Then Intel was hit with the first of what will likely be many class action lawsuits. By January 6, class actions had been filed in California, Oregon and Indiana.
But after CES, where Intel lost the PR battle to AMD, Intel announced that 90 per cent of affected processors had live patches. That was great news, especially as it arrived the same day as rumours of even more vulnerabilities.
But the news wasn't as good as Intel, or owners of affected processors, might have hoped. First, the patches do slow down computers. Intel claimed in one benchmark it saw performance drop by as much as 25 per cent. The second problem was more unexpected - a bug in many of the patches that leads to processors booting more often than they should, often times abruptly. It was only just last week that Intel announced it had found a solution to the reboot problem... but only for some older processors.
The new problems today...
And that brings us to this fine morning, when, as The Verge notes, Microsoft finally started pulling its Meltdown and Spectre patches, presumably because they're causing computers to unexpectedly restart, and because Intel last week asked that operating systems and OEMs pull the patch. It isn't great that it took Microsoft a week to finally follow through with Intel's recommendation that "OEMs, cloud service providers, system manufacturers, software vendors and end users stop deployment of current versions".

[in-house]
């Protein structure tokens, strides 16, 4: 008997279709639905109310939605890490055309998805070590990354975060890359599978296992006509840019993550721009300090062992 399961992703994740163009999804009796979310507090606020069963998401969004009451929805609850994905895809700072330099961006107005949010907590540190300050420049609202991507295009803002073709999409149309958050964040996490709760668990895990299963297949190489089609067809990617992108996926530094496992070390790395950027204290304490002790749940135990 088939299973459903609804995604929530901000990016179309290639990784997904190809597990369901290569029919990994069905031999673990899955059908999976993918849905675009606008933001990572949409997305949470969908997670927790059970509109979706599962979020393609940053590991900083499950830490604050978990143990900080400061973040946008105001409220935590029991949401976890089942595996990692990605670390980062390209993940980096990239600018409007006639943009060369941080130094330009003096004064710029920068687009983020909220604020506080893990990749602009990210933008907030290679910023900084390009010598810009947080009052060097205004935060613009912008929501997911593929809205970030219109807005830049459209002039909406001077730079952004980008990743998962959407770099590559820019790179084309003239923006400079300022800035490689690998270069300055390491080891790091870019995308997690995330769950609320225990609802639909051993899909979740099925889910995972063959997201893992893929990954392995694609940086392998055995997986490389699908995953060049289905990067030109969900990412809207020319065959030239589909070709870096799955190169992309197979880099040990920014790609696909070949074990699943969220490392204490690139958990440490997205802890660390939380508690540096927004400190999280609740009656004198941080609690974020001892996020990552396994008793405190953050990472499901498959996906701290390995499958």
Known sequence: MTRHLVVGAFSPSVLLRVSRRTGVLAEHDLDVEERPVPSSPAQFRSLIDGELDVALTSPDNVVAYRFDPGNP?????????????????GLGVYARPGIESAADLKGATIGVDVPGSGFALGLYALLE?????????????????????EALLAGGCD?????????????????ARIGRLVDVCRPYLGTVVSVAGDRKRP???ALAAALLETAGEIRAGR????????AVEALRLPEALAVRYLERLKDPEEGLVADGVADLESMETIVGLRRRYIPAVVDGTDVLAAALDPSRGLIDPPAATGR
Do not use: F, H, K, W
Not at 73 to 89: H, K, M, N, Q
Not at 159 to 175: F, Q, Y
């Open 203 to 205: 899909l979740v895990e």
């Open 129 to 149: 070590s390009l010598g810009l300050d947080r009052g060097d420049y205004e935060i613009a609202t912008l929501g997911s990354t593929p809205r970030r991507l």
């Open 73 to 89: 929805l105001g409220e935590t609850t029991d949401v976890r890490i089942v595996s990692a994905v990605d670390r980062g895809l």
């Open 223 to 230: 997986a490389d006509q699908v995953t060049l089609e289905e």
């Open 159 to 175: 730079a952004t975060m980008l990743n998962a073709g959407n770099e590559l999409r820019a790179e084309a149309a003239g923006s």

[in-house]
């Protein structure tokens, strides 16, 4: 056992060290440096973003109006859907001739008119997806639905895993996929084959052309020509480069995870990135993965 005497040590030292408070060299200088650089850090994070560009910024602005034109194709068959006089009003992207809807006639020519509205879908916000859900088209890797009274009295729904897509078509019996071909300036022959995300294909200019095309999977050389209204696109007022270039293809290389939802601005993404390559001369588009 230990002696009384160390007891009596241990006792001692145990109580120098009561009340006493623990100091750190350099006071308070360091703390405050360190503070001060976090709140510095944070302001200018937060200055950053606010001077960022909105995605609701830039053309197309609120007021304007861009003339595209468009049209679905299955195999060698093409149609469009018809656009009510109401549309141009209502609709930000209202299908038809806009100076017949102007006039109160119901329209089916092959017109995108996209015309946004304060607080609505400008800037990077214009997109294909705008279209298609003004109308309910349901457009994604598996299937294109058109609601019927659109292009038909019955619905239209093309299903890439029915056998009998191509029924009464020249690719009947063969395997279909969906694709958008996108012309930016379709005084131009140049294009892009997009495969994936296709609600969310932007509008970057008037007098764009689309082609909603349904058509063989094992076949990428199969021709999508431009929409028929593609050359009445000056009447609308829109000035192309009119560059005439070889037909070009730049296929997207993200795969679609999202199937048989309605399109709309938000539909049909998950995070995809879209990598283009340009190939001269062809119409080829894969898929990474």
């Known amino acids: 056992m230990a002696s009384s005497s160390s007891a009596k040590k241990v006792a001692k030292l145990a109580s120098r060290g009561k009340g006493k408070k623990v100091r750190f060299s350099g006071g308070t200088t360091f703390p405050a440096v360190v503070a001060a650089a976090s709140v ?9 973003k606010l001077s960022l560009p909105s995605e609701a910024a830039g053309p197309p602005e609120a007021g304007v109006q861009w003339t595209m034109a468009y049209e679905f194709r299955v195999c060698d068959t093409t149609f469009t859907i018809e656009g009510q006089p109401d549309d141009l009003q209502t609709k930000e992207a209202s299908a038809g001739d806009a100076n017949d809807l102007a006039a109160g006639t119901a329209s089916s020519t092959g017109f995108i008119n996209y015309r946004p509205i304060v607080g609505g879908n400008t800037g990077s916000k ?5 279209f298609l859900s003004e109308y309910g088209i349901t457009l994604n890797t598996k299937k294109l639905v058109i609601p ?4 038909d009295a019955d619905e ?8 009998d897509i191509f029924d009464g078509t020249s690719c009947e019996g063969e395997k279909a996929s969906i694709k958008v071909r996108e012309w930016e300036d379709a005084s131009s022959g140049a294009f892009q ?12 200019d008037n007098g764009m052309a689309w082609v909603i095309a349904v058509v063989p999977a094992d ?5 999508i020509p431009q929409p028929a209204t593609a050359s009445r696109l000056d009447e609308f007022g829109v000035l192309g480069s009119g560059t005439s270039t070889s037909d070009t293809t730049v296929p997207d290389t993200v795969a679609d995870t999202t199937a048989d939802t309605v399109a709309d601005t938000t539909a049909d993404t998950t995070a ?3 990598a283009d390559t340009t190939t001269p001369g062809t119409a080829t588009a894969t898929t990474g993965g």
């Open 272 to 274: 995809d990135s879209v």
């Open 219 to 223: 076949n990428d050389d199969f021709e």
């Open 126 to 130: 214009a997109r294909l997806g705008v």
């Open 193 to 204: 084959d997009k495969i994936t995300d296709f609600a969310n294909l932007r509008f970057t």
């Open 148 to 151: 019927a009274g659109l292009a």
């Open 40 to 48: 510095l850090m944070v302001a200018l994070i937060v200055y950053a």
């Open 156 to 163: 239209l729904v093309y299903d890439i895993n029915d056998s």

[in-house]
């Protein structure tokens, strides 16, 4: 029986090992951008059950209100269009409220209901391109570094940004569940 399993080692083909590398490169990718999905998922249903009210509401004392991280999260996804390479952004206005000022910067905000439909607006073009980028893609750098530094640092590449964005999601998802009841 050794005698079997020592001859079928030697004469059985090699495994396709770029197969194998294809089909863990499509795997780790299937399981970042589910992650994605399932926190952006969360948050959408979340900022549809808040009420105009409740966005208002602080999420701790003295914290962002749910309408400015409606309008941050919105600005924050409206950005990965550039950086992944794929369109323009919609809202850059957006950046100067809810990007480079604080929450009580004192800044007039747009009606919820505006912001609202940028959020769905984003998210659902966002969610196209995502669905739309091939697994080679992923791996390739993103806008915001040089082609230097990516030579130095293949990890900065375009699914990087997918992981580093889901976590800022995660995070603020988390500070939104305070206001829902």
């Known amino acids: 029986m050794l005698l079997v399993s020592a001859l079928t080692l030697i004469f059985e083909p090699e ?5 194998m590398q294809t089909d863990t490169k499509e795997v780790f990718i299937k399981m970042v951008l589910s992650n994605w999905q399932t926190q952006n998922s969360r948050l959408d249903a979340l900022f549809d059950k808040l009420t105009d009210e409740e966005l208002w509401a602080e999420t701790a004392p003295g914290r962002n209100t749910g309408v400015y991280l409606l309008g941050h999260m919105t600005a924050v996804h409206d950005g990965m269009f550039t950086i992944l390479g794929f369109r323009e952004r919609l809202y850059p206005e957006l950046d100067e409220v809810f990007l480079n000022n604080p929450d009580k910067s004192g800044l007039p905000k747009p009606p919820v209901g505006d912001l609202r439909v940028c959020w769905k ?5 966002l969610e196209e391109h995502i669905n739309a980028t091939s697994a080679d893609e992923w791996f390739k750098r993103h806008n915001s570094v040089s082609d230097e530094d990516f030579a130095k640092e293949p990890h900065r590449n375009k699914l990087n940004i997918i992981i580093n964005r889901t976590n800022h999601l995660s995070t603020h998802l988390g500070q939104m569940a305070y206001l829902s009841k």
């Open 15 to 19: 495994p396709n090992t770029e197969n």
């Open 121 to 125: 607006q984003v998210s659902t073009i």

In addition to one of the largest operating system makers finally pulling buggy patches, The Wall Street Journal reported that Intel may have disclosed the vulnerabilities to foreign computer makers before it disclosed them to the US government. WSJ reports that Intel notified partners including Google (Google's Project Zero security researchers originally helped discover the vulnerabilities back in June 2017), Amazon, Microsoft, and the Chinese firms Lenovo and Alibaba, far ahead of smaller companies and the US government.
On one hand, this makes some sense. Lenovo is the second-largest PC maker, and Google, Amazon, Microsoft and Alibaba collectively command a huge portion of the servers used for cloud storage and processing. Letting these companies know about the vulnerability so they could work on solutions before it is made public is ostensibly a good thing. The companies can, ideally, get ahead of any attacks and iron out any significant bugs in their patches.